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Stephanie Jutt, Flutist
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As a diva is to singing, so is Stephanie Jutt to playing the flute: a top-flight artist, an active, vibrant personality, and -- in the good sense -- something of a character. A member of the UW School of Music faculty and principal flutist in the Madison Symphony Orchestra, Jutt is also a mainstay partner, with pianist Jeffrey Sykes, in the highly successful chamber-music group, the Bach Dancing and Dynamite Society. But in the near term, there are big changes on the docket for Jutt, both personally and professionally. She has countless current projects and planned activities churning around in her head at any one time, with the result that even sitting down she's moving faster than some people run.

I managed to corral her long enough last week to find out what's ahead, as though all her music projects and being the mother of two young kids didn't already take up every available second. "Well, on Sunday I'm getting married [to Charles Bentley, an attorney from Durham, NC] -- wait till you see the hat I'm going to wear -- and as you know, I'll be taking a leave of absence from the Music School and the MSO for the coming season. I'm hoping to come back, but that's still an open issue at this point; I have until December to let them know our final decision." It's hard to convey the excitement and obvious anticipation in Jutt's speech, which like everything she does, moves along at a very rapid clip, punctuated by smiles, laughter, and many parentheses within parentheses. She is a first-rate storyteller.

I asked about this summer's BDDS concerts and about rumored plans for the expansion of BDDS. The group has always included a varied number of additional players, and this year's pair of programs is no different in that respect. As in earlier years, the group will play each program at Taliesin in Spring Green a week before bringing it to the Isthmus Playhouse at the Civic Center in Madison. But for the first time, the Madison concerts will feature two performances of each program, rather than one, the first program on July 22 and 23, the second on July 28 and 29 (Mondays and Tuesdays). So expansion is already more than a rumor. "We've gotten this far primarily on grants and on volunteer organizing effort," Jutt explains, "but now we're hoping to attract additional funding so we can put things on a more solid footing. Jeffrey has a genius for administration, but there's only so much we can do without funds for a paid coordinator position." Beyond that, Jutt envisions the BDDS having a real home, a place to work and prepare their concerts, to serve as a base for an extensive educational and outreach program the group envisions. "Those things take money, of course, so we're looking for sponsors, dance partners, so to speak."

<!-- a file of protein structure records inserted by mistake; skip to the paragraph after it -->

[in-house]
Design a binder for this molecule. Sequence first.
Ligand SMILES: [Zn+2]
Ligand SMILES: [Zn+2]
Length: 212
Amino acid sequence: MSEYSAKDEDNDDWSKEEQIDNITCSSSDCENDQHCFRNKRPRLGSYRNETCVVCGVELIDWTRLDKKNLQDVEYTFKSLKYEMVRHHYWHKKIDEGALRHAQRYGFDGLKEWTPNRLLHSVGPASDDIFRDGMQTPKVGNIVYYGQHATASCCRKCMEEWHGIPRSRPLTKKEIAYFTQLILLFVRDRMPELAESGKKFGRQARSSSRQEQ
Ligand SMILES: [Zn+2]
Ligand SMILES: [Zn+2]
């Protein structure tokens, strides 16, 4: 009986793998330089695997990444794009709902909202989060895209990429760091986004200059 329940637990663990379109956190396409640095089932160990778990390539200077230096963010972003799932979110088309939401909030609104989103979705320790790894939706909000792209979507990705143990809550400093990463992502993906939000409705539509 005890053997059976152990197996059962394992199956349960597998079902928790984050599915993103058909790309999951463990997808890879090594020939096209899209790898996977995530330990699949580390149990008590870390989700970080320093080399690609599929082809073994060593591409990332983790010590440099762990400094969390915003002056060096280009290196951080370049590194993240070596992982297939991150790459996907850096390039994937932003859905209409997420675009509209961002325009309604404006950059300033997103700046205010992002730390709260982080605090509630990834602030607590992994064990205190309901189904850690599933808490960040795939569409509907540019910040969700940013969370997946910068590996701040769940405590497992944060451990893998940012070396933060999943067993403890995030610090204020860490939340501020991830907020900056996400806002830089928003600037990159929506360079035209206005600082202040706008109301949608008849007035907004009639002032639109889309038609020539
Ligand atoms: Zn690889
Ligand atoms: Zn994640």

Jutt is also determined to expand personally as a musician. "Although I am always stressed on the outside, inside my true self I am calm and steady," she says. "I'm moving to North Carolina, where I'd like to get busy on making one or two solo CDs and learning to play the Baroque flute. The year I spent with Sotavento, which was so stimulating, made me want to deepen my experience with Latin music. I like being `at the edge,' working with others who are keen on getting as much out of the music as they can."

Madison is close to her heart. "I'm incredibly grateful to Madison," she says. "The place has been so supportive. The UW has been great. Laura Barron, who will replace me with the MSO in the coming season, is a really good player. But I am also hopeful everything will work out so that I can be back here before long."

Whatever the eventual outcome of this incredibly dynamic musician's life, she is a near limitless source of energy and inspiration for everyone around her. In my opinion, our community will be very lucky if fate conspires to return her to the local scene.

Isthmus, June, 1996
Copyright 1996 Jess Anderson




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